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CR petitions chocolate makers to reduce dangerous heavy metals in products

CR calls on Trader Joe’s, Hershey’s, Mondelez and Theo to reduce levels of lead and cadmium in dark chocolate bars

YONKERS, NY – Consumer Reports called on leading dark chocolate makers today to reduce the level of dangerous heavy metals in their products after recent tests by CR found concerning amounts of lead and cadmium in some of their offerings. In letters accompanied by nearly 55,000 petition signatures, CR urged Trader Joe’s, Hershey’s, Mondelez and Theo to make a commitment to take action by Valentine’s Day.

Brian Ronholm, director of food policy at Consumer Reports, noted in the letter to the companies, “Consumers are troubled that many of their favorite dark chocolate bars contain high levels of heavy metals. Many choose to eat dark chocolate because of its potential health benefits and relatively low levels of sugar. But there’s nothing healthy about ingesting heavy metals.”

Consumer Reports scientists measured the amount of heavy metals in 28 dark chocolate bars and detected cadmium and lead in all of them. For 23 of the bars, eating just one ounce a day would put an adult over a level that public health authorities and CR’s experts say may be harmful for at least one of those heavy metals.

Five of the bars were above those levels for both cadmium and lead: Trader Joe’s Dark Chocolate Lover’s Chocolate 85% cacao; Lily’s Extremely Dark Chocolate 85% cocoa (owned by Hershey’s); Theo Organic Pure Dark Chocolate 70% cocoa; Theo Extra Dark Pure Dark Chocolate 85% cocoa; and Green & Black’s Organic Dark Chocolate 70% cacao (owned by Mondelez).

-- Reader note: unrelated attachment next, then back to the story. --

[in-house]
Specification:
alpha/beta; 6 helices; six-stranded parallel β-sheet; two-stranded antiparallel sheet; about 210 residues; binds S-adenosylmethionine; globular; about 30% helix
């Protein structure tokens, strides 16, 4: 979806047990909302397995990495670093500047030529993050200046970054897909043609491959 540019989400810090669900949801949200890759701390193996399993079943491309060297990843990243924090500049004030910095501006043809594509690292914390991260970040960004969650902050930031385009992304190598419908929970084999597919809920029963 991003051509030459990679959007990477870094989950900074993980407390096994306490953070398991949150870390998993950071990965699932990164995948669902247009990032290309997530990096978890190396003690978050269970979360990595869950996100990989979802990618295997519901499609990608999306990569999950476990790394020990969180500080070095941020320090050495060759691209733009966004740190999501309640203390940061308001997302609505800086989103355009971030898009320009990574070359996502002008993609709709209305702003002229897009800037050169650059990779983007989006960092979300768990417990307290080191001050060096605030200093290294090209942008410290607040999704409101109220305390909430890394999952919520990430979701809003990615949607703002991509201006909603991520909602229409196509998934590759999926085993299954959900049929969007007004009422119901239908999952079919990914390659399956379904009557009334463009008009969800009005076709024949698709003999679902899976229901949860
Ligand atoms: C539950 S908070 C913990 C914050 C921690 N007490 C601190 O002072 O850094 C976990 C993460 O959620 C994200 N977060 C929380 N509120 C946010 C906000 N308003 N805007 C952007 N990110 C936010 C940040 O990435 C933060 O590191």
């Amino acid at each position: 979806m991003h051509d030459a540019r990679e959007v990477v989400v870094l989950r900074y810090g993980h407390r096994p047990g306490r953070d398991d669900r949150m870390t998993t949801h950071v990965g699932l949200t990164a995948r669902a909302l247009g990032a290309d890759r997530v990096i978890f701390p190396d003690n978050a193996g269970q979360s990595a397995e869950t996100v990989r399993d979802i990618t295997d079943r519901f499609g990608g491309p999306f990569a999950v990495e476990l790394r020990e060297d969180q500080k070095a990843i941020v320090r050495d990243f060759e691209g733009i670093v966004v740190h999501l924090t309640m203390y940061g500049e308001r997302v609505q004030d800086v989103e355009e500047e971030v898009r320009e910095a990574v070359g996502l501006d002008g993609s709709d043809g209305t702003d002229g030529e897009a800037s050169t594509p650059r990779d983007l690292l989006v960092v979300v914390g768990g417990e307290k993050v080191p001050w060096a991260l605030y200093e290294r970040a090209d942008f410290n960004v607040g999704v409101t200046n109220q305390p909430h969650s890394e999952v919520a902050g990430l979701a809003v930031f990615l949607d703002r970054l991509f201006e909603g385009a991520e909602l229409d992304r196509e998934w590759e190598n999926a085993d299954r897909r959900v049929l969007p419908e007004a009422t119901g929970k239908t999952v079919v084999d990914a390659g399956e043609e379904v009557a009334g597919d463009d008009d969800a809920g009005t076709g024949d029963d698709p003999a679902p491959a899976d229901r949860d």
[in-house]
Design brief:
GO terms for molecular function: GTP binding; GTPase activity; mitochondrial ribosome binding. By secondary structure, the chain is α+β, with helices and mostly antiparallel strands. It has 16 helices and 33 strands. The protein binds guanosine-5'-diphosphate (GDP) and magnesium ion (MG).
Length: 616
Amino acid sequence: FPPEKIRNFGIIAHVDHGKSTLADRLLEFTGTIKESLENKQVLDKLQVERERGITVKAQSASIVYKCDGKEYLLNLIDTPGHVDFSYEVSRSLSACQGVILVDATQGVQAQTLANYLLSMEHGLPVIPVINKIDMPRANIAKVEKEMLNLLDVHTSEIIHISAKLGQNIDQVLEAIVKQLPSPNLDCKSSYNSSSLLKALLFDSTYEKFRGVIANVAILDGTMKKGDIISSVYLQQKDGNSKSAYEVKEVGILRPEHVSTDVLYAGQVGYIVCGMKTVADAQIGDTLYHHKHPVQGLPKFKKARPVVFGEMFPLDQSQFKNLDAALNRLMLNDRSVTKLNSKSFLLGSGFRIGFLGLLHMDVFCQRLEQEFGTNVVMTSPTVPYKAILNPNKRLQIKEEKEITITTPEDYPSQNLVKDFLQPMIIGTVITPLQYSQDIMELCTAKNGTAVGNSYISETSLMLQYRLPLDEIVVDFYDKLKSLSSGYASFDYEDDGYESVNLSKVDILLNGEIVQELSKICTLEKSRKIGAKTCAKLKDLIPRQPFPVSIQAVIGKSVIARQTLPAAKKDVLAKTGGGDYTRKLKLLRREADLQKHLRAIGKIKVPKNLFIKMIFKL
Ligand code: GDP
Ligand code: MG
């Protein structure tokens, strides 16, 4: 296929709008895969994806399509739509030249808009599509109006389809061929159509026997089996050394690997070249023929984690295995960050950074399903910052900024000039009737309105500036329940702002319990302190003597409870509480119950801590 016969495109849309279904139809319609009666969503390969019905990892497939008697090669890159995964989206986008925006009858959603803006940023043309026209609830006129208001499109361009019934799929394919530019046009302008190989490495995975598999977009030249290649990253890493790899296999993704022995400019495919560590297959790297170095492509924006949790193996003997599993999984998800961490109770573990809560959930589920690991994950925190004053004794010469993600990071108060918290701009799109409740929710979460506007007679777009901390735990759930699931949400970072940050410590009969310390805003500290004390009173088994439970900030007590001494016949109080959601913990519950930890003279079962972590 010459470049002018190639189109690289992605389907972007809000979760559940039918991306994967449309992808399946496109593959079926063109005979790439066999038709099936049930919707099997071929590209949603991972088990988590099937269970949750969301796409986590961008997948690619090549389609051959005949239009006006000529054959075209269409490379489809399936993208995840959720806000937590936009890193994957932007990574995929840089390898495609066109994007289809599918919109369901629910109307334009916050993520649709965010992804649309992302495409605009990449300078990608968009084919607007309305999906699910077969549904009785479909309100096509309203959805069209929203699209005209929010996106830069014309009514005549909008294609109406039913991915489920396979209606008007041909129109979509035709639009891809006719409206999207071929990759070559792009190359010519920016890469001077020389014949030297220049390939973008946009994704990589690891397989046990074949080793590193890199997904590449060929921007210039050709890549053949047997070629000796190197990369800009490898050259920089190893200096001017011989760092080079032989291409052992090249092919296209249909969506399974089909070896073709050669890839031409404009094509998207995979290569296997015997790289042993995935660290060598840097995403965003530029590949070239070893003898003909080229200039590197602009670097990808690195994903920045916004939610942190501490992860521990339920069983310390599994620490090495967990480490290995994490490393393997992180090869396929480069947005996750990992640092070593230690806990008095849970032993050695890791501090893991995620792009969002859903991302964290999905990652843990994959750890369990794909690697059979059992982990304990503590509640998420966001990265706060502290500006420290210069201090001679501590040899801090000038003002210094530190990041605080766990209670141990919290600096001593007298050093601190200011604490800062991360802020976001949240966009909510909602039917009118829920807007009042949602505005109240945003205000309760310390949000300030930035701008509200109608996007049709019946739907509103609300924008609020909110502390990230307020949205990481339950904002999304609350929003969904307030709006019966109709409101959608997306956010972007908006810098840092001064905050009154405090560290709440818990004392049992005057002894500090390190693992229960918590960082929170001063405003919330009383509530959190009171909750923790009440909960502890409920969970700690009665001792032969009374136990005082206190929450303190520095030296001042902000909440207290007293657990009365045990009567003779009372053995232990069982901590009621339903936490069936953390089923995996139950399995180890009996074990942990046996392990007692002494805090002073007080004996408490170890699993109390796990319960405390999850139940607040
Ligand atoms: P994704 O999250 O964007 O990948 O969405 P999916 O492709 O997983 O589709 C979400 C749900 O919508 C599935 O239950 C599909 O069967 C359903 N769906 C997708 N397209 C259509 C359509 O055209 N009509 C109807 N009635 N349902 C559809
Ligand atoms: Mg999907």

Consistent, long-term exposure to even small amounts of heavy metals can lead to a variety of health problems.  The danger is greatest for pregnant people and young children because the metals can cause developmental problems, affect brain development, and lead to lower IQ.

Frequent exposure to lead in adults, for example, can lead to nervous system problems, hypertension, immune system suppression, kidney damage, and reproductive issues. While most people don’t eat chocolate every day, 15 percent do, according to the market research firm Mintel. Even if you aren’t a frequent eater of chocolate, lead and cadmium can still be a concern.  It can be found in many other foods – such as sweet potatoes, spinach, and carrots – and small amounts from multiple sources can add up to dangerous levels.

Michael McCauley, michael.mccauley@consumer.org, 415-902-9537